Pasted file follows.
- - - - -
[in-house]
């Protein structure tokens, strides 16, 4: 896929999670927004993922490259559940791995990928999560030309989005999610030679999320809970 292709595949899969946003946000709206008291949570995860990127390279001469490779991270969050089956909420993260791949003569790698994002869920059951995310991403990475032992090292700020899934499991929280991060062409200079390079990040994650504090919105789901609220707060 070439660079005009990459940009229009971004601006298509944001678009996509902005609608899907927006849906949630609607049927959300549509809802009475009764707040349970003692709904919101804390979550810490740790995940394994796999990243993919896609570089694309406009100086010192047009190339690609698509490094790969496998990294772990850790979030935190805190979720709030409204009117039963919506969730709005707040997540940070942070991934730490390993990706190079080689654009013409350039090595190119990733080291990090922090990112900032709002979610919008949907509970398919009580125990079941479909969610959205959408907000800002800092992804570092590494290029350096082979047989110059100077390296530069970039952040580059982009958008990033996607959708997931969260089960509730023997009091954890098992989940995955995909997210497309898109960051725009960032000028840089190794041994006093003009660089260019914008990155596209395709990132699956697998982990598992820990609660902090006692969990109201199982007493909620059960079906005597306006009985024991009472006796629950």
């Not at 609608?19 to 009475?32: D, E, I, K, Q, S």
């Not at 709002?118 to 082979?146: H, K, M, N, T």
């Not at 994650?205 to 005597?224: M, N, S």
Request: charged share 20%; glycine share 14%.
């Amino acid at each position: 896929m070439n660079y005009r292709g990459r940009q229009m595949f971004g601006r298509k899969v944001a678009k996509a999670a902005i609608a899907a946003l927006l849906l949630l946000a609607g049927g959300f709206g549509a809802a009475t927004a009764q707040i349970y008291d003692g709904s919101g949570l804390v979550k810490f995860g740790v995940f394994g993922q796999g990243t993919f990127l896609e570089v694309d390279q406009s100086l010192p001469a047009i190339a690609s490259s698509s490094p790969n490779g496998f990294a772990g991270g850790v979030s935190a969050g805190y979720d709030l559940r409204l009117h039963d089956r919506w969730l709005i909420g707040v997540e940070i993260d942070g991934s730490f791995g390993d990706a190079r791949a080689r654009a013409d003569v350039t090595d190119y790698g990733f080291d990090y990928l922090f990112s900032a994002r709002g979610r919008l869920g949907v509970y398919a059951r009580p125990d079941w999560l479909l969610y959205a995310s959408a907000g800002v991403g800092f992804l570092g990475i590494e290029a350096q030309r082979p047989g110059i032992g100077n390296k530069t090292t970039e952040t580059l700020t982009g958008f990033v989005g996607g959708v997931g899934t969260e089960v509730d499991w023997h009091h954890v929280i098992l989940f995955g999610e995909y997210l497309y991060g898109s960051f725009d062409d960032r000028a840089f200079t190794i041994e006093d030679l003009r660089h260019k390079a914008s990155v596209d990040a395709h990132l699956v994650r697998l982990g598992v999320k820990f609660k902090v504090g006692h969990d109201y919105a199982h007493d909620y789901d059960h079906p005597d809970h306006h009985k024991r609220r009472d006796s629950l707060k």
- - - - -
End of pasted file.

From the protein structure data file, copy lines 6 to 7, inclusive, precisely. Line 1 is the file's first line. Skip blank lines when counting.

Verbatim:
Request: charged share 20%; glycine share 14%.
């Amino acid at each position: 896929m070439n660079y005009r292709g990459r940009q229009m595949f971004g601006r298509k899969v944001a678009k996509a999670a902005i609608a899907a946003l927006l849906l949630l946000a609607g049927g959300f709206g549509a809802a009475t927004a009764q707040i349970y008291d003692g709904s919101g949570l804390v979550k810490f995860g740790v995940f394994g993922q796999g990243t993919f990127l896609e570089v694309d390279q406009s100086l010192p001469a047009i190339a690609s490259s698509s490094p790969n490779g496998f990294a772990g991270g850790v979030s935190a969050g805190y979720d709030l559940r409204l009117h039963d089956r919506w969730l709005i909420g707040v997540e940070i993260d942070g991934s730490f791995g390993d990706a190079r791949a080689r654009a013409d003569v350039t090595d190119y790698g990733f080291d990090y990928l922090f990112s900032a994002r709002g979610r919008l869920g949907v509970y398919a059951r009580p125990d079941w999560l479909l969610y959205a995310s959408a907000g800002v991403g800092f992804l570092g990475i590494e290029a350096q030309r082979p047989g110059i032992g100077n390296k530069t090292t970039e952040t580059l700020t982009g958008f990033v989005g996607g959708v997931g899934t969260e089960v509730d499991w023997h009091h954890v929280i098992l989940f995955g999610e995909y997210l497309y991060g898109s960051f725009d062409d960032r000028a840089f200079t190794i041994e006093d030679l003009r660089h260019k390079a914008s990155v596209d990040a395709h990132l699956v994650r697998l982990g598992v999320k820990f609660k902090v504090g006692h969990d109201y919105a199982h007493d909620y789901d059960h079906p005597d809970h306006h009985k024991r609220r009472d006796s629950l707060k």